Lecture Text (DC2)

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This course is a Virtual Laboratory tutorial in electronics.  Over the last decade,  I have produced a set of free online circuit simulations and animations that constitute a interactive virtual laboratory for students studying electronics or preparing for an IT career .  My virtual interactive circuit troubleshooting exercises cover only a small sample of circuits covered in must texts or college courses. This selection of circuits ranges from simple resistive circuits thru advanced operational amplifiers, digital circuits and computers .   I believe that those who  master troubleshooting my narrow range of virtual circuits or systems will develop the skills necessary to troubleshoot a wide range of circuits and systems that they will be confronted with now and in the future.  I feel quite certain that someone who could not perform the majority of my virtual troubleshooting exercises would be in need of further training in order to become a competent electronics troubleshooter.  This person could benefit from my free virtual laboratory course. 

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Parallel Circuits Lecture (Text Only).

In the parallel circuits the applied voltage is the same across each parallel branch, and the current in each branch equals the applied voltage divided by the resistance of the branch.  The total current in a parallel circuit is always more than the current in any one branch even if one branch carries most of the current. This is true because the total current is simply the sum of the branch current.  This is usually obvious to must student.  What is implied by this is not always obvious to many students is the relationship of the total resistance to the branch resistance.  The combined resistance of resistors in parallel is always less than the smallest branch resistance.  For example, if you had 100,000, 10,000 and 1000 ohm resistor in parallel, the combined resistance would be less than 1000 ohms.  If you connected an ohmmeter across the 1000 ohm resistor you should measure slightly less than 1000 ohms.  If you measure across the 10,000 or 100,000 ohm resistor you should also measure slightly less than 1000 ohms.  If you measure across the 1000 ohm resistor and read more than 1000 ohms, than you can be certain the 1000 resistor is out of tolerance or open. If you don't measure the same resistance across all three resistors than they are not really connected in parallel anymore, and you should start looking for an open wire or land or a cold solder joint at one of the resistor nodes.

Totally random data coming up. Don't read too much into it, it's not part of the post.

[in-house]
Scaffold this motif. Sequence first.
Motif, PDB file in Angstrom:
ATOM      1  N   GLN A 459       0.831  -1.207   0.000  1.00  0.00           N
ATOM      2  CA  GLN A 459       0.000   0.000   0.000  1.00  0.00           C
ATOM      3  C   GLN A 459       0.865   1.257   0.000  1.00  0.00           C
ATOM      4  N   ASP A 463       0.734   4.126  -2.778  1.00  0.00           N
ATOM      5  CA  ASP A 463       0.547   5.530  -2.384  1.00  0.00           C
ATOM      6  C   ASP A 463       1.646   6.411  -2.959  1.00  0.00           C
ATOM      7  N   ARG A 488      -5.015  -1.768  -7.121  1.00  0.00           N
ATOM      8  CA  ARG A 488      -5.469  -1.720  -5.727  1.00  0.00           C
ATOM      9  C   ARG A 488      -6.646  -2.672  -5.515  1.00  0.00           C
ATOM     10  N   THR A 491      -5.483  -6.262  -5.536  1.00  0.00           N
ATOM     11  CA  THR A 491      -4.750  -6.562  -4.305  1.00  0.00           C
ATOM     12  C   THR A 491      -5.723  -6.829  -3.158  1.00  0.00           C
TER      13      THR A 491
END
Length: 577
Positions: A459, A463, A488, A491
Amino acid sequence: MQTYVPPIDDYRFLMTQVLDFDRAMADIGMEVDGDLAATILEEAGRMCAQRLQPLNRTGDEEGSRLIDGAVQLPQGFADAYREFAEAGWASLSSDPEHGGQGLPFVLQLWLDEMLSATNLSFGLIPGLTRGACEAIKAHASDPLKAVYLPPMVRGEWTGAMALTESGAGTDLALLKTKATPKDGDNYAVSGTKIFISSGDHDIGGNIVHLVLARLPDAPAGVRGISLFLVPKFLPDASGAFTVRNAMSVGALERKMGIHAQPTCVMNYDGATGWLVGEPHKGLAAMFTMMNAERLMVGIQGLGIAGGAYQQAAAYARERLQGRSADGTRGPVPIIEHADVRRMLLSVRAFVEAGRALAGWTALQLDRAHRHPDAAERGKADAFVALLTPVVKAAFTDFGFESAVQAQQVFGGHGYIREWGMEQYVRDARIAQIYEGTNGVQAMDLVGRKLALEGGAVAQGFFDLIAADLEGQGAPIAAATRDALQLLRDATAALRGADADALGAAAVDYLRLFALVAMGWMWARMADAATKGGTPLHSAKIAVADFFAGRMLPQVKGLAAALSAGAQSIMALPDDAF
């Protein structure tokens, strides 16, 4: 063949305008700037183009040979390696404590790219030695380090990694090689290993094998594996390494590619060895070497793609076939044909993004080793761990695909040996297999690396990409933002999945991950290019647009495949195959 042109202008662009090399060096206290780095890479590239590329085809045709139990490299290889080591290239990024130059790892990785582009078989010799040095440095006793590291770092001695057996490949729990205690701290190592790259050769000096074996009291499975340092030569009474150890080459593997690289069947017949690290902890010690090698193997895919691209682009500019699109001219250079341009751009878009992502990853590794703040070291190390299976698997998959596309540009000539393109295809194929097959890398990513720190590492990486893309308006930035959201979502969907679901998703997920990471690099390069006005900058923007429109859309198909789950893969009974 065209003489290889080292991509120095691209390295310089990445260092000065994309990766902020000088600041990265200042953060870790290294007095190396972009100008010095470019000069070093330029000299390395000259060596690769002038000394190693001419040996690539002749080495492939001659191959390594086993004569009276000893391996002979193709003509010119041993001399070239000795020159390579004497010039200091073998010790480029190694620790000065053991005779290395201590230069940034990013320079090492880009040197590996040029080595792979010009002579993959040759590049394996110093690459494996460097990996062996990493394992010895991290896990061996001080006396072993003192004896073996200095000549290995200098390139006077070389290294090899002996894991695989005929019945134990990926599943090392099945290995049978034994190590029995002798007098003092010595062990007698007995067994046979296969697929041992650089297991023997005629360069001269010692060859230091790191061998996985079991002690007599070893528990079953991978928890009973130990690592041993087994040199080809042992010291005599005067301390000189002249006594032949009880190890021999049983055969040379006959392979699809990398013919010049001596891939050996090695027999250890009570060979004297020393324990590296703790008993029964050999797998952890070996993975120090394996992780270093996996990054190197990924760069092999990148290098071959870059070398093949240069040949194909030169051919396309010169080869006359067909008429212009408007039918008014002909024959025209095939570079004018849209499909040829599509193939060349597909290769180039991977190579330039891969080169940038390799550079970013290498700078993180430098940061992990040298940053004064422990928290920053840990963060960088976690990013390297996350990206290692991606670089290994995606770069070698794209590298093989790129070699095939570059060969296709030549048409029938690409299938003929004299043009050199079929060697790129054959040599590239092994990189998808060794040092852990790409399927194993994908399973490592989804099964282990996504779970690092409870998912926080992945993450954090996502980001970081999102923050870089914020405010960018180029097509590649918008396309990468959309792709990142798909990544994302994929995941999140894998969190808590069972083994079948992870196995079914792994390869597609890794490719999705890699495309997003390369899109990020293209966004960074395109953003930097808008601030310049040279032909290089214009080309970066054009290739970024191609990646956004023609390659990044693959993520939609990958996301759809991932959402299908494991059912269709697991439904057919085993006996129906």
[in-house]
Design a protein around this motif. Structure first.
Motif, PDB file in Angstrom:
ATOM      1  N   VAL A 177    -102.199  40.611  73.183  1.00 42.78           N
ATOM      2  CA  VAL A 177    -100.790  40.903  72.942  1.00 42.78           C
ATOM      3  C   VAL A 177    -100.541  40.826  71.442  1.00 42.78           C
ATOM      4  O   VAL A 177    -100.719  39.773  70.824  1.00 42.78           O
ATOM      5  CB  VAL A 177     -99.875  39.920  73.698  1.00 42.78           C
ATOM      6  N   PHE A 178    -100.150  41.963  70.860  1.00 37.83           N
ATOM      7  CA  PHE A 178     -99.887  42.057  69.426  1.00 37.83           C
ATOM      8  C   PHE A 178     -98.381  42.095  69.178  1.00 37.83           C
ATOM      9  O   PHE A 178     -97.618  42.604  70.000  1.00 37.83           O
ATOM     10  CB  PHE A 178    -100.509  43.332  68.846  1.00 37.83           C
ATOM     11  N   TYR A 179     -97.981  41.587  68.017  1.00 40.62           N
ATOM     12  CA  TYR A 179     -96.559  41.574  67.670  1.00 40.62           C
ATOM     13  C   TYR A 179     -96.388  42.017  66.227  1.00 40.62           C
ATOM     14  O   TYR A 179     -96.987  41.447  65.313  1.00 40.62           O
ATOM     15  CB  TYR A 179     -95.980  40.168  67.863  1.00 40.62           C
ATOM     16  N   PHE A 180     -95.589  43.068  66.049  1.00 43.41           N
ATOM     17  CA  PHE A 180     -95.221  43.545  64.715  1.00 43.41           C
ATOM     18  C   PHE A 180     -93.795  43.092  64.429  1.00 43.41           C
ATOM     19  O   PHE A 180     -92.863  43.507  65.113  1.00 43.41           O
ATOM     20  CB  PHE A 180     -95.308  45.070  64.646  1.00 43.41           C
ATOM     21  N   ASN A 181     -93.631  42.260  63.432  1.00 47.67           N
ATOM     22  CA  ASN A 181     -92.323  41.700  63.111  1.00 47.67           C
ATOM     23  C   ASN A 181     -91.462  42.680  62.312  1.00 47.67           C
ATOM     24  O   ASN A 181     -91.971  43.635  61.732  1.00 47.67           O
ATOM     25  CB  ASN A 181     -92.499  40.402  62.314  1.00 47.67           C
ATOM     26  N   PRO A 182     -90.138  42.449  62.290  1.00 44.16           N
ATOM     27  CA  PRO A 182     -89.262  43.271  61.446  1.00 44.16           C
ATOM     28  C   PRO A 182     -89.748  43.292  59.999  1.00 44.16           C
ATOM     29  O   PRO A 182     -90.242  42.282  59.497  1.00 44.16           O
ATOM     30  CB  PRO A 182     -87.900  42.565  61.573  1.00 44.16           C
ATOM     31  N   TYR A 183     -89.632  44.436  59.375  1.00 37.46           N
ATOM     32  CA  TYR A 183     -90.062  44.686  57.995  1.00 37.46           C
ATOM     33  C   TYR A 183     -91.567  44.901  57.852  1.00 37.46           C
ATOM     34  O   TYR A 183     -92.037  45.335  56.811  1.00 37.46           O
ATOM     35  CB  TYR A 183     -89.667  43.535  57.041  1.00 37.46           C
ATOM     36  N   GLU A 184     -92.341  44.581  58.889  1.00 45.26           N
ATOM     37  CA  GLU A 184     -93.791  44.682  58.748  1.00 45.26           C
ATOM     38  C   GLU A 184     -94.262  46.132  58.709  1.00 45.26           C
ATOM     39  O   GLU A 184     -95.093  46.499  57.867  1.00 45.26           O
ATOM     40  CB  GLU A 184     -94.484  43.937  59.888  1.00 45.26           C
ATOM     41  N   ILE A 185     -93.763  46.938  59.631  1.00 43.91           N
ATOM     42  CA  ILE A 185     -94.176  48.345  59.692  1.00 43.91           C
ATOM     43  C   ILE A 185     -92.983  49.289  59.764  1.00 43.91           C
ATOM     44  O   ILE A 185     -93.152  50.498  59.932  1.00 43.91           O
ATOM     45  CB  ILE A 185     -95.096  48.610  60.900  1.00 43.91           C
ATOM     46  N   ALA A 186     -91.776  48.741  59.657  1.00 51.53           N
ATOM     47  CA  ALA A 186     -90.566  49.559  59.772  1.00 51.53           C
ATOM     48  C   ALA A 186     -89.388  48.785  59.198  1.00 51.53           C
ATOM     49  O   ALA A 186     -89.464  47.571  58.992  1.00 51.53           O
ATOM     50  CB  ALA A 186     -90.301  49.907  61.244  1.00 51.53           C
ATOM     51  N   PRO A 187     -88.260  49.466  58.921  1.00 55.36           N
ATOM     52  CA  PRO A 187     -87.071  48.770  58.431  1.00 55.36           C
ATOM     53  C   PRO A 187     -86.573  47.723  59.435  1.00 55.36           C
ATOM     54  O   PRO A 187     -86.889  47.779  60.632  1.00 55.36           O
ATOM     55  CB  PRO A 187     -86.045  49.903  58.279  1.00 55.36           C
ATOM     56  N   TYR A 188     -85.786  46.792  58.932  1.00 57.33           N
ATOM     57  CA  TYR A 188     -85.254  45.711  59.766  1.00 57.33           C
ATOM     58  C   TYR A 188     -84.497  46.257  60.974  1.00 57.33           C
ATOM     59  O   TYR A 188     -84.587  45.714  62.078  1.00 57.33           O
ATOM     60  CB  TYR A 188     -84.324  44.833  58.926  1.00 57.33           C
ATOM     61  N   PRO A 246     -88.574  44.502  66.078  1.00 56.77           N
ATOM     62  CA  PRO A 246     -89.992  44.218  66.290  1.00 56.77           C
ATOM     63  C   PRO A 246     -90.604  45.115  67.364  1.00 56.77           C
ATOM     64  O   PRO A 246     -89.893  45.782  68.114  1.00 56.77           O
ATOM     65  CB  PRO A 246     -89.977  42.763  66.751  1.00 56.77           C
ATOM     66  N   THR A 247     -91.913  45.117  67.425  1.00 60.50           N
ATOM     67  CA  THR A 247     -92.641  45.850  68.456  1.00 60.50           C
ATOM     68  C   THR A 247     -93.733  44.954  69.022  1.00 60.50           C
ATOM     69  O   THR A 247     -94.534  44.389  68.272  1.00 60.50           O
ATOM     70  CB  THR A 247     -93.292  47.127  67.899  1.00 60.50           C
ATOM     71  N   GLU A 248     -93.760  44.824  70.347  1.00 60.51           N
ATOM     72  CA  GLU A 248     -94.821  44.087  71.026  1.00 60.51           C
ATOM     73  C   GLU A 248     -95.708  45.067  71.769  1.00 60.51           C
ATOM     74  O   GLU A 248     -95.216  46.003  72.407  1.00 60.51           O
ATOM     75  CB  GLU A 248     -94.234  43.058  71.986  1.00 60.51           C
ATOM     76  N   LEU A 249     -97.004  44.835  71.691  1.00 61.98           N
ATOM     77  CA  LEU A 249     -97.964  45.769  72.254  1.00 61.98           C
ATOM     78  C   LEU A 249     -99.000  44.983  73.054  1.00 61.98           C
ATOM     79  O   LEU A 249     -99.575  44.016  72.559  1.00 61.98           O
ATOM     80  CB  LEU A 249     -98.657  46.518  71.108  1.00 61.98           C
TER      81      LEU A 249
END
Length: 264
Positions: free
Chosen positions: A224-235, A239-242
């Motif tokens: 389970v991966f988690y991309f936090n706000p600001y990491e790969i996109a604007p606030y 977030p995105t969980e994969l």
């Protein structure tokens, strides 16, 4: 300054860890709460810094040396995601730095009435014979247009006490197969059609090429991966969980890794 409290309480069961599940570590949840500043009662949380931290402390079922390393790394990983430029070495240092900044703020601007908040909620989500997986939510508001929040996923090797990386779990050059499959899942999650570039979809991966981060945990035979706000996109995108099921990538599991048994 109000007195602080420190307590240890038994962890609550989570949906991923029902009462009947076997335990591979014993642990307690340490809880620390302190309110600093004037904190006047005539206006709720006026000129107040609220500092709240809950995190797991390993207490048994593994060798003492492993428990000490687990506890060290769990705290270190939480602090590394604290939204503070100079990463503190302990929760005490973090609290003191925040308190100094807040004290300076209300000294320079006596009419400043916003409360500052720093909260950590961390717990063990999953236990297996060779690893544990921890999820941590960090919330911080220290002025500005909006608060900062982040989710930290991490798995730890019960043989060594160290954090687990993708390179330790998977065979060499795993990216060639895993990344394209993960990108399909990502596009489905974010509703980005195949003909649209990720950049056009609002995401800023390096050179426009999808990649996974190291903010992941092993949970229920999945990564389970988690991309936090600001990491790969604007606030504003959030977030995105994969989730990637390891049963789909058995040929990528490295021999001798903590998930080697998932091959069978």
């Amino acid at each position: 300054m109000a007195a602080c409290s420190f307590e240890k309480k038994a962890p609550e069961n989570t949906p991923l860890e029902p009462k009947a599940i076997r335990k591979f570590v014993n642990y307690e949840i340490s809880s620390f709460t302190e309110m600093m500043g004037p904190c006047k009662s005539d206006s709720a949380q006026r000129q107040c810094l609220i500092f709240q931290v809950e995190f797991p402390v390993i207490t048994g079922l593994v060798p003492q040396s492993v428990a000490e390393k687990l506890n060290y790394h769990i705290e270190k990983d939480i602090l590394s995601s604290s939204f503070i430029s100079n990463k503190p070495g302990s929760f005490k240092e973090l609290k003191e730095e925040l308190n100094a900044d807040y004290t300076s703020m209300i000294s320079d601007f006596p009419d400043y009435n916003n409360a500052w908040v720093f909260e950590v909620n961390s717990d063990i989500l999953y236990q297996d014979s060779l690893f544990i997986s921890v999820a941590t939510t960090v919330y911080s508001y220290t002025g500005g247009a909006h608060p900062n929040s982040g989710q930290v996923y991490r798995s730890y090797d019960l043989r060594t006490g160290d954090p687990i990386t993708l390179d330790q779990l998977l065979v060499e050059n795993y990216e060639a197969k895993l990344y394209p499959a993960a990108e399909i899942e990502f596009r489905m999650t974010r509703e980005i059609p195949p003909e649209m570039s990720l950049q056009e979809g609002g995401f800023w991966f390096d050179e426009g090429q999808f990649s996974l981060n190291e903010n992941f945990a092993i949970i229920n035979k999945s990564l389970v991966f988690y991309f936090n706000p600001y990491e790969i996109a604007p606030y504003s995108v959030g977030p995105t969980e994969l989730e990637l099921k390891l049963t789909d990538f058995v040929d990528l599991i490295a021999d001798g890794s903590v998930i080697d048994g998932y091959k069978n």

Of course you can only make ohmmeter measurements when circuit and or system power is off.  You may not realize that it is also better to make resistance measurement with the circuit board out of the electronic system.  For example, if you had 1000 ohm resistor in series with a 2000 ohm resistor and one resistor went to ground and the other resistor went to 5 volts.  Then, when you measured across both resistors you would get a reading of 3000 ohms if the board were out of the system.  However, a measurement made on the same circuit board when circuit board is in system might be much lower.  That is because even though the power is turned off you might still read much less than 3000 ohms.  That is because the power provides a parallel pathway for current to flow from the 5 volt bus to ground.  That is the power supply is in parallel with the 1000 and 2000 ohm series combination.  


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Last modified: Monday July 07, 2014.